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Walking in Q’s Shoes

Today is Quincy Jones’s birthday, so it’s time for another Sweetwater birthday tribute. But where to start? Quincy is an accomplished musician, actor, conductor, arranger, composer, record/television/movie producer, instrumentalist, magazine founder, and entertainment company executive. He is a 79-time Grammy nominee and has won 27 times. The guy discovered Oprah and Whoopi, for crying out loud. Fortunately, any life this amazing is loaded with amazing moments. We decided to look at a few of these moments and get a taste of what it’s like to be the man known as “Q.”

Quincy Breaks into Show Business

Growing up in Chicago’s violent South Side district in the 1950s, young Quincy was on his way to a career as a hardened criminal. His father built homes for the Jones brothers, Chicago’s most notorious black gangsters. Quincy grew up around gangsters — and he took it all in. “I saw a dead body every day of my life,” remembers Quincy. “Tommyguns, stogies, money in back rooms. As a kid, you don’t know how to interpret that.” Even after Quincy and his family relocated to Washington state, the gangster life followed.

One night, Quincy’s path took a dramatic and unexpected turn. He had just broken into a building called the Armory with his brother. They found the kitchen and stuffed themselves with lemon meringue pie and ice cream. After a quick food fight, they split up to explore the other rooms. Quincy broke into a supervisor’s office and saw a piano. At first, he left the room in search of better plunder. “I closed the door and something said, ‘Idiot, open that door and go back in that room!'” Quincy claims. “I went back in and I touched that piano, and every cell in my body said, ‘This is what you’ll do the rest of your life.'”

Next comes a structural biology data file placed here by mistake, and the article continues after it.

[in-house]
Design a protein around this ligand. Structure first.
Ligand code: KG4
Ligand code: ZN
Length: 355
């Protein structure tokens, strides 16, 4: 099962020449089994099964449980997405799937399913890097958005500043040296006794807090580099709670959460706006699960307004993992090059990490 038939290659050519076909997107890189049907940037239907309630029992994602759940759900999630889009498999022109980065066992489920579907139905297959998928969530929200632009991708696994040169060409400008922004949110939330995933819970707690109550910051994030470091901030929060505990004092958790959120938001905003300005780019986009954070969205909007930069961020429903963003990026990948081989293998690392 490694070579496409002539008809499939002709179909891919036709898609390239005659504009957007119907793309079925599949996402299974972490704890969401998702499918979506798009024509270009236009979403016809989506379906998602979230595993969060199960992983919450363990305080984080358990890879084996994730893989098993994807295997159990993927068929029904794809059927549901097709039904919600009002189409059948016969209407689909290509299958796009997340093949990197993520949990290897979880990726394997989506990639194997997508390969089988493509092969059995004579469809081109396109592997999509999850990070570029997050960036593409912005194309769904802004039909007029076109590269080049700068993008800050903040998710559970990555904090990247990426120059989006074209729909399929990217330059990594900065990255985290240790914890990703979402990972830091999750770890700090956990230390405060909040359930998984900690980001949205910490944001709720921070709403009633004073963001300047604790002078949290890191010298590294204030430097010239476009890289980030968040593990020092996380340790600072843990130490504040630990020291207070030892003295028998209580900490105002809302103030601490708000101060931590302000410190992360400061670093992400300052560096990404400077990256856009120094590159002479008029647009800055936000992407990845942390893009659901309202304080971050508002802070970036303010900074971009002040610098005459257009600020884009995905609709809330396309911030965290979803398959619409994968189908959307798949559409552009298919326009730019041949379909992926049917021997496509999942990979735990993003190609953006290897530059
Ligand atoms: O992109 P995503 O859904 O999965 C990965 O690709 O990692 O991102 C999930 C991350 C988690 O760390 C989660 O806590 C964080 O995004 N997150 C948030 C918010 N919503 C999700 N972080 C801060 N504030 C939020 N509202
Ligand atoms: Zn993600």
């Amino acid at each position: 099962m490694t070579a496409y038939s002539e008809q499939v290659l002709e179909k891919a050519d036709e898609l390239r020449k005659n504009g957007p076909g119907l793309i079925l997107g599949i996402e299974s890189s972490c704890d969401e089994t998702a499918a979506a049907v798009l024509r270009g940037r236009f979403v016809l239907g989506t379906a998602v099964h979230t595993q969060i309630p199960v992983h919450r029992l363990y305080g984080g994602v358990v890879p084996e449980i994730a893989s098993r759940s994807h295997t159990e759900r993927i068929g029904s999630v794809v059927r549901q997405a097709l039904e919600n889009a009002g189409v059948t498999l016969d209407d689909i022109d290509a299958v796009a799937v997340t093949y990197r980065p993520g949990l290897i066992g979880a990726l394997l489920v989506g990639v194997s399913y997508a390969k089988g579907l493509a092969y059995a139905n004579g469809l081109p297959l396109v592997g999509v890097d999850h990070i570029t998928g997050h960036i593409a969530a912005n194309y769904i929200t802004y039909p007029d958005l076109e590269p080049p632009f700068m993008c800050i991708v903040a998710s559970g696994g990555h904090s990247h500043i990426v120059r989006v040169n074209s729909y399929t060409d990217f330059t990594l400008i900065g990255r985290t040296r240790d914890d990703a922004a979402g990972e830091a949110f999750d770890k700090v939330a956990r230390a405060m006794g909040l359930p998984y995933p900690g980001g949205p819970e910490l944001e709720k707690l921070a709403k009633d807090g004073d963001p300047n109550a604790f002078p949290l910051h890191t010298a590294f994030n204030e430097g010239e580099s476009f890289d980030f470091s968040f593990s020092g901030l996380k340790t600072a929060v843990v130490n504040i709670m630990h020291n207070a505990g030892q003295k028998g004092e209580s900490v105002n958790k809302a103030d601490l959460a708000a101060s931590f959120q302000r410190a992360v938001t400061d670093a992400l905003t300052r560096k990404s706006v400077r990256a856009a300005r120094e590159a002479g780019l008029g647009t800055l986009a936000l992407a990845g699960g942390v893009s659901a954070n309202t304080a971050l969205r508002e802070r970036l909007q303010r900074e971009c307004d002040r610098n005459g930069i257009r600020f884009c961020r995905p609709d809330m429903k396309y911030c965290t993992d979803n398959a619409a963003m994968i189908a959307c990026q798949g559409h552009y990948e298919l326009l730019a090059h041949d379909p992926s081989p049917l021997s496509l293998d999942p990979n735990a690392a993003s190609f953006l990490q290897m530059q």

The next day, he went to Coontz Junior High School and joined the marching band. By the time he was a freshman at Seattle’s Garfield High School, he was already an accomplished trumpeter and arranger. At 15, Quincy met bandleader Lionel Hampton for the first time. Lionel had just heard a piece of music Quincy had written called “Suite for the Four Winds.” He hired Quincy on the spot as a trumpeter and arranger. Quincy jumped on the tour bus without a second thought. Lionel’s wife, Gladys, would be the voice of reason, gently kicking Quincy off the bus and telling him to go home to his parents. Quincy listened and went on to graduate from the Schillinger House of Music (now the Berklee College of Music) in 1951. He was finally able to join Lionel Hampton’s band as a full-grown trumpeter and arranger.  

That same year, Leo Fender released his Precision Bass, creating a brand-new class of instrument. Lionel quickly added the Fender Bass to his band as an alternative to the traditional stand up bass. When Quincy heard it, he knew the electric bass would be a major part of his arrangements. “I was lucky enough to get the Fender Bass when I was in Lionel Hampton’s band,” remembers Quincy. “Without that Fender Bass, there would be no rock ‘n’ roll, no Motown — nothin. Trust me. The electric guitar came in in 1939, but it didn’t have any chutzpah without the electric bottom.” This instrument would go on to provide a significant milestone in Quincy’s career. In 1969, he released Walking in Space, considered to be one of the first jazz-fusion albums to use the Fender Bass.

Frank

So what else is interesting about Quincy Jones? How about that bit of bling on his right pinky finger? That’s a ring with the Sinatra family crest on it. Frank Sinatra wore that ring for more than 40 years, right up to his death, when he willed it to Quincy. Yep, “Q” and “the Chairman of the Board” go way back.